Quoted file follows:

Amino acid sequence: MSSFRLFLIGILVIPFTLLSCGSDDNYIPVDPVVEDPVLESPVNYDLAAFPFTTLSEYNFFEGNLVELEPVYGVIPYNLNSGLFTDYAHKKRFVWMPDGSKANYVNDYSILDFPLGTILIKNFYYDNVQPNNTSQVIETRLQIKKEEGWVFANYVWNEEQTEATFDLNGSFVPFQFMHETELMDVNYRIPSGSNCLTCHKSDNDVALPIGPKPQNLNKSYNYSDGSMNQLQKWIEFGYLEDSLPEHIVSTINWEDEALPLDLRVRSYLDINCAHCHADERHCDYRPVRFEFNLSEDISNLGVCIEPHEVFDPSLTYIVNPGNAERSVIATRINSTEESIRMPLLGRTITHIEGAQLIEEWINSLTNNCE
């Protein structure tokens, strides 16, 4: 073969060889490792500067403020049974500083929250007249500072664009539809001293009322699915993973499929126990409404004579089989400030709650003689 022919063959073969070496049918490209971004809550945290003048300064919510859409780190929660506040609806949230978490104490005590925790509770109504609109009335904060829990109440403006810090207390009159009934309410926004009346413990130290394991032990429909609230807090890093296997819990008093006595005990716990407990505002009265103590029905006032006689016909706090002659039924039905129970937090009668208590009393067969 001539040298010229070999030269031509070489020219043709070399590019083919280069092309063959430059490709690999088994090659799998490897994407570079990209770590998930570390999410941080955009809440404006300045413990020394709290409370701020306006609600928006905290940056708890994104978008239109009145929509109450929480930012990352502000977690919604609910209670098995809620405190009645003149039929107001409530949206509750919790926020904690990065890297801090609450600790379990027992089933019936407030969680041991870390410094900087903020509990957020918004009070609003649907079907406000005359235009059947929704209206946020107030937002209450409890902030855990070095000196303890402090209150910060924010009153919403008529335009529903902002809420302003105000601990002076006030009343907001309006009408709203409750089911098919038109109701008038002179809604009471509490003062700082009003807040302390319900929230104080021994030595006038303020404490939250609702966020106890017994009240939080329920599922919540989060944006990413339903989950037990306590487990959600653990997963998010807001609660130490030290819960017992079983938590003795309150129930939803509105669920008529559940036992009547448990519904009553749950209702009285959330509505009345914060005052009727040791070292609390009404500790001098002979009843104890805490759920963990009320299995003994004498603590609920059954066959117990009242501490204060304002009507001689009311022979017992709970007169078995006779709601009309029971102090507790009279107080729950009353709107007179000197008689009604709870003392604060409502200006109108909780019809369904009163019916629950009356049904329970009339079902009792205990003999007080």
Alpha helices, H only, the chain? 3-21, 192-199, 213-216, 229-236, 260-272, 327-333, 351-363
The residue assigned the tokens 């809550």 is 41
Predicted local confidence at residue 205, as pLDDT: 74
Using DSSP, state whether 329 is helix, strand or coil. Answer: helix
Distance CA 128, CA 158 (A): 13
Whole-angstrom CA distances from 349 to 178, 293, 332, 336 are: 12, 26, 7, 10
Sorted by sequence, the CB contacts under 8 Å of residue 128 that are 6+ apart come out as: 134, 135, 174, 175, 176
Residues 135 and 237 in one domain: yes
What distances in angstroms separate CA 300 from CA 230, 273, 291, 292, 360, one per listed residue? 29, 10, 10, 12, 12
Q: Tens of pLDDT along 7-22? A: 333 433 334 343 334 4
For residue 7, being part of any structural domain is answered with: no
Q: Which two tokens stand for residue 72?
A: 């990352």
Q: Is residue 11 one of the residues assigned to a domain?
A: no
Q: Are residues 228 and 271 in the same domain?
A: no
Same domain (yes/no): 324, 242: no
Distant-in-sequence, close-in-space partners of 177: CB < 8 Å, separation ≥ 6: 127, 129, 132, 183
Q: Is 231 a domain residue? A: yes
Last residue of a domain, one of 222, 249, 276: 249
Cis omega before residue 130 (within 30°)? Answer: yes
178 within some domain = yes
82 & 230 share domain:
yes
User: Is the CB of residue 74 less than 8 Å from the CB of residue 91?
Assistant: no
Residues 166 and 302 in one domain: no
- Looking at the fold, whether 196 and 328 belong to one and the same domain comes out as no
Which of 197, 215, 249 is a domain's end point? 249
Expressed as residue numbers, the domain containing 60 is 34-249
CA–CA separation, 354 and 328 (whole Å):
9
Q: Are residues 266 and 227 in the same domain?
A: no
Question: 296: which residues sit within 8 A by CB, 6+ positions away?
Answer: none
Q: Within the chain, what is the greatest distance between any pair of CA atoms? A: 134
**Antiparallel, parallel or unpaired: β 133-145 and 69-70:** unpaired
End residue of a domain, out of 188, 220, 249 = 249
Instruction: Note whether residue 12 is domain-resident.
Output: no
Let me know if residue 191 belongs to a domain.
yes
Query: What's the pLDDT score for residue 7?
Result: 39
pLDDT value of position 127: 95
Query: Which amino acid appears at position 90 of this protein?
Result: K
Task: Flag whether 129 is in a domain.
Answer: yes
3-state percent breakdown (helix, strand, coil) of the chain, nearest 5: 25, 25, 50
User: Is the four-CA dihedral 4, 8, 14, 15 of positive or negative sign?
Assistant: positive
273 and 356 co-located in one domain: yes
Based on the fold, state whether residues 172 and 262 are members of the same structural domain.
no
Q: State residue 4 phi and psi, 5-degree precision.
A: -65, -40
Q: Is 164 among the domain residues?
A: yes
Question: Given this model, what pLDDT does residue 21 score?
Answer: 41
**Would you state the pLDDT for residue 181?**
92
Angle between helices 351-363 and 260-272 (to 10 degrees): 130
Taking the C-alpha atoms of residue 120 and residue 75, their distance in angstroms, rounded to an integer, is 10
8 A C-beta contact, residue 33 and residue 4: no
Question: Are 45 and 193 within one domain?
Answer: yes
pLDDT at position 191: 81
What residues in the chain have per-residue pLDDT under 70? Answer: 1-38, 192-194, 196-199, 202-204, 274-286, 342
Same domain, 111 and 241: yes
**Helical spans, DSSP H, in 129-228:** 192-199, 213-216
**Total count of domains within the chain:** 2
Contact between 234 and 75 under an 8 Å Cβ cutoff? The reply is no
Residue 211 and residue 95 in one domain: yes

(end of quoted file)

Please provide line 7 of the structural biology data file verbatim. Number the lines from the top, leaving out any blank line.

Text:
Distance CA 128, CA 158 (A): 13